“At the heart of this, there’s dreadful market failure. There’s no competition in allocating the seabed like in agriculture where if I want to farm I have to outbid someone else. If there was a hypothetical market for the seabed, the average profits per liveweight tonne for creelers would be £600 – the average trawler profit’s about £180-330 so trawlers would never get access to the seabed as they’d be outbid. The market would say ‘sorry’ there shouldn’t be any trawlers in this area’.”

When it comes to the environment, Radford says: “If this was happening on dry land people would be appalled. If the Government wants to say it supports trawling irrespective of economic coherence or environmental tragedy then fine, at least that would be honest.”

A life changed

ALASDAIR Hughson is six miles west of Ullapool in his boat, the Auk. He is the chair of the creel federation. Today, Hughson is fishing in one of the few inshore spots, he says, which genuinely has benefited from marine protection.

He talks as he keeps one eye on his diver in the water, the mountains looming in the distance. “Seven years ago, this was in such a poor state you couldn’t fish any more but since 2015 there’s not been any legal dredging and we’ve noticed a massive difference – there’s a lot more stock. It’s amazing how quickly it recovered. We’re seeing seaweed recovering, little fish swimming about.”

If only all inshore waters were similarly respected, Hughson says, Scotland would be on a good path. The failure is down to “regulator capture” of Marine Scotland by big business. “We keep asking ourselves why the Government won’t act – all we can think is: cronyism?” The trawling industry is “well-funded and organised with a large staff and time to plan – we’ve none of that”.

Hughson laments what’s happened to the seas he loves: “When you go down to a healthy seabed you see it purple with maerl and slow-growing seaweed, and lots of species living among it. That stabilises the seabed, stops it moving the same way trees hold the earth together. Then you come along with a dredger and just rip it apart. A trashed seabed is like a desert, you’ve taken all the life out of it, broken the ability of the seabed to hold together. Some areas will never recover –there’s hundreds and thousands of square miles utterly trashed.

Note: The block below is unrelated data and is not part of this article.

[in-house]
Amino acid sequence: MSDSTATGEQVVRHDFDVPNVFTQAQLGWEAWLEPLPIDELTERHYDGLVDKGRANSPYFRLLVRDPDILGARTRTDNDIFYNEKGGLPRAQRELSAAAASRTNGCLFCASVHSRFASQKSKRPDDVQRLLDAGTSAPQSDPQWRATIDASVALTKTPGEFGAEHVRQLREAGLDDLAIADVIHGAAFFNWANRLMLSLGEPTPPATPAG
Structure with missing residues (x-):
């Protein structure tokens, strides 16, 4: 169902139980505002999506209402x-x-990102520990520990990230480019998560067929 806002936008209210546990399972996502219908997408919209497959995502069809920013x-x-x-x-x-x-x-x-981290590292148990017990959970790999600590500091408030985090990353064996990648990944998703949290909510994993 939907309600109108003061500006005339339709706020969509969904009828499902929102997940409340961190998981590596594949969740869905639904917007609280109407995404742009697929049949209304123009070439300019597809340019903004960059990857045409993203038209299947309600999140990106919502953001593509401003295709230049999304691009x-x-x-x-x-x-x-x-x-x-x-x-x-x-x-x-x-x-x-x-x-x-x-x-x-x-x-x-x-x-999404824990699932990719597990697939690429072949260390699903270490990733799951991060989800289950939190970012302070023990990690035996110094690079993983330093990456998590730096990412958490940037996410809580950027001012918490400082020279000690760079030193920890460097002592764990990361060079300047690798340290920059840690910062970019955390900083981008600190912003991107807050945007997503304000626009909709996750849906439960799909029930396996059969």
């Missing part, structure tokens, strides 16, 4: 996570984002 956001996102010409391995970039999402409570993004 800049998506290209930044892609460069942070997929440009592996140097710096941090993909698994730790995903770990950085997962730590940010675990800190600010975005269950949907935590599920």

“The reality,” says Hughson, “is far worse than just increased costs and lower productivity. It’s changed our entire way of life.” With shellfish so hard to find, fishermen like Hughson are “now completely nomadic, living aboard our vessels, spending weeks in one spot before moving on to the next”. He adds: “The outlay and cost for the larger boats capable of living aboard has crippled us, almost bankrupted us at times. It wasn’t always this way. If it wasn’t for scallop dredging inshore, we’d likely still be using small fast boats, working two or three areas. Most importantly, we’d be home at night. It could have been so different had Marine Scotland done their job correctly. That’s the effect of this on my life.”

Scots Gov says ...

A SCOTTISH Government spokesperson said: “The vast majority of stakeholders will not recognise the scenario portrayed by this series of unfounded claims from members of the Scottish Creel Fishermen’s Federation.

“Our marine protected areas network already covers 37% of our seas and we are committed to delivering fisheries management measures for existing sites where these are not already in place by March 2024. We will also designate ‘highly protected marine areas’ covering at least 10% of our seas by 2026 which will exclude all fishing activities.

“To complement these measures we will also consult on introducing a cap on fishing activity in inshore waters that will limit activity to current levels. These elements of the co-operation agreement with the Scottish Green Party will help ensure Scotland leads the way on marine environmental protection, and will enhance our reputation for providing quality, sustainable seafood and position us well to deliver a green recovery.

“The agreement builds on our fisheries management strategy, which sets out policy initiatives for the next 10 years, and helps ensure that we manage our sea fisheries in a responsible and sustainable way for future generations. The Scottish Government is wholly committed to the sustainable development of our fishing industry.”